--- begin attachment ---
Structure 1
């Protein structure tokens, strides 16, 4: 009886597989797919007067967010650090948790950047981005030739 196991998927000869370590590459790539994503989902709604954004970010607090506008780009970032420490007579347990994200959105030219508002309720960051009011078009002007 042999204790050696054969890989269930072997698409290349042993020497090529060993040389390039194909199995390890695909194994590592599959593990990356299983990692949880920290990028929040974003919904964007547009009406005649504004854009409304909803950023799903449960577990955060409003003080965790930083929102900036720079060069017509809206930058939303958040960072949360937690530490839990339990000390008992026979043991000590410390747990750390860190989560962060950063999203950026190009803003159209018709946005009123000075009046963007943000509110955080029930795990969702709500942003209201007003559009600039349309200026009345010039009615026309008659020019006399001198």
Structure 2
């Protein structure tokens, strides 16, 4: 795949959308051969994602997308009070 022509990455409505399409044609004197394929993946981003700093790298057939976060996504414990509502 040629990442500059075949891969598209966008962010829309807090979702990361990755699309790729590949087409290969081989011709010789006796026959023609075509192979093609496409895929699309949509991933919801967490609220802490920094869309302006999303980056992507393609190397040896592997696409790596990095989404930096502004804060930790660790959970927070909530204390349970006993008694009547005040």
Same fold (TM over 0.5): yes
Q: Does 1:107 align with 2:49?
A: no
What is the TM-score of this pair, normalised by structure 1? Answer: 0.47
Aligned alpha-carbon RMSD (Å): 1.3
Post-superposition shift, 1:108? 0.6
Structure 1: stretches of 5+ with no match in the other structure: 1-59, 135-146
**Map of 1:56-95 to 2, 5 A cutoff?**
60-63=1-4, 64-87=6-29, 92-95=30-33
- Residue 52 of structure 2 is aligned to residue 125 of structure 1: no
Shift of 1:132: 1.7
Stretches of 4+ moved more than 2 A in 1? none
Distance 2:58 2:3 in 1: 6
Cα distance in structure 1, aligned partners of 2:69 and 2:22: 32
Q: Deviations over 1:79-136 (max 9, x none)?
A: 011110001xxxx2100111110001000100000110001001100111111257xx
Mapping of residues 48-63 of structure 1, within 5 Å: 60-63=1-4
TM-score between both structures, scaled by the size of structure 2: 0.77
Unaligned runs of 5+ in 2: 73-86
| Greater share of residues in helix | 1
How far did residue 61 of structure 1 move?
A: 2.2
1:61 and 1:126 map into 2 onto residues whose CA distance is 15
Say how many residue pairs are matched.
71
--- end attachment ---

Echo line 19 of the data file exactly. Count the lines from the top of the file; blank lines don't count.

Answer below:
Q: Deviations over 1:79-136 (max 9, x none)?